Complaints and Fears About Computers
The electronic computer, the president of Burroughs Corp. asserted several years ago, “has a more beneficial potential for the human race than any other invention in history.”1 At the time, few knowledgeable persons would have quarrelled with that appraisal. Computers, it was confidently predicted in the early 1960s, would make business more creative and efficient and thus help to raise per-capita income. In addition, the machines would eliminate drudgery and increase leisure time. The almost universal view of the computer was that of a benevolent servant of man.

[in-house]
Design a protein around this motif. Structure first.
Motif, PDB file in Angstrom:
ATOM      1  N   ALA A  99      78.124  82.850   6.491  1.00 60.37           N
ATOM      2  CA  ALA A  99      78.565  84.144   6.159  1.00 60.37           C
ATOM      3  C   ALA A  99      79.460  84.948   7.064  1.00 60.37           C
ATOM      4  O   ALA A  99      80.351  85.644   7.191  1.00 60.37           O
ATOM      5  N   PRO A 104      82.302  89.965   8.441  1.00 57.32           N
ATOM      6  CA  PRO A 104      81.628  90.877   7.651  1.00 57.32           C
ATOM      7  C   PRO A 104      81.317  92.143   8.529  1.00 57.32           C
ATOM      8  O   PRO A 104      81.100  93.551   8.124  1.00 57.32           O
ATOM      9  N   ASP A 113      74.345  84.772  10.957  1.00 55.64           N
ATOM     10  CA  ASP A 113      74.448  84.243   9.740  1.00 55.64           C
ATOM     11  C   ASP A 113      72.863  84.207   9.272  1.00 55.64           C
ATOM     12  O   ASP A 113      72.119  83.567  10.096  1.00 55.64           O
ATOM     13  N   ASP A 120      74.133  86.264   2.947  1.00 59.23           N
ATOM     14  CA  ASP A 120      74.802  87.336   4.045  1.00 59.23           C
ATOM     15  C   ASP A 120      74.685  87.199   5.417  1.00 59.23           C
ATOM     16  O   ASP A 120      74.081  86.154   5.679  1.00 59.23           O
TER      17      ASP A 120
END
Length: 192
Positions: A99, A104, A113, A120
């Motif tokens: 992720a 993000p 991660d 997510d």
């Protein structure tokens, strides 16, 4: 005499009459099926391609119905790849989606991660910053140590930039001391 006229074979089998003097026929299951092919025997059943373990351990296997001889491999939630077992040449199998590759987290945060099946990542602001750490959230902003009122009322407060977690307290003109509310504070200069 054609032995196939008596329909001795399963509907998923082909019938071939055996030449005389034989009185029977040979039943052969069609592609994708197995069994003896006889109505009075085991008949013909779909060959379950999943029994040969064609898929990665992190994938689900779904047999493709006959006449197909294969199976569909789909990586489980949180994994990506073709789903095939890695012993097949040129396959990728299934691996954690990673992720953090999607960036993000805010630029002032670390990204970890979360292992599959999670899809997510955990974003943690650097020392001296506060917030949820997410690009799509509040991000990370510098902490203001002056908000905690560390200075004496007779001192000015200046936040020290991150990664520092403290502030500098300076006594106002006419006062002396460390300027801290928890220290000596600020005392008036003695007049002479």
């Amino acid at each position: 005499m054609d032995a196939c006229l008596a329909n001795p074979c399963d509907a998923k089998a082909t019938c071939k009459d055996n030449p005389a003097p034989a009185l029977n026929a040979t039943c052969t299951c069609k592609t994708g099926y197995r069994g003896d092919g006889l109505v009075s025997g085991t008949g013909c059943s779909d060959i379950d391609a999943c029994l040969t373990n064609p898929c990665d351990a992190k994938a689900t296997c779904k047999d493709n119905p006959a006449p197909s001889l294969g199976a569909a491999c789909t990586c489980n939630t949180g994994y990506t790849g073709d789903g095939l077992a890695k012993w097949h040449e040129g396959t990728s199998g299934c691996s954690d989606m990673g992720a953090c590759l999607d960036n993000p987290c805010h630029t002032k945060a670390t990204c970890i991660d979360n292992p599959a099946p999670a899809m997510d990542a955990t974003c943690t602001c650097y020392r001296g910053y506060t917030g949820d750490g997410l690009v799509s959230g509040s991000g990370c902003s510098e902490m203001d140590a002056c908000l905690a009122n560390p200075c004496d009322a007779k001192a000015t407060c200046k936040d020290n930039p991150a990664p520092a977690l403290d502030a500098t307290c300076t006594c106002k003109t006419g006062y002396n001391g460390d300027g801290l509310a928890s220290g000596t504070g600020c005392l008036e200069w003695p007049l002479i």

Today, many former enthusiasts are having second thoughts. Businessmen have found that computers, though indispensable in many ways, lack the intuition needed to arrive at sound executive decisions. They have found also that ...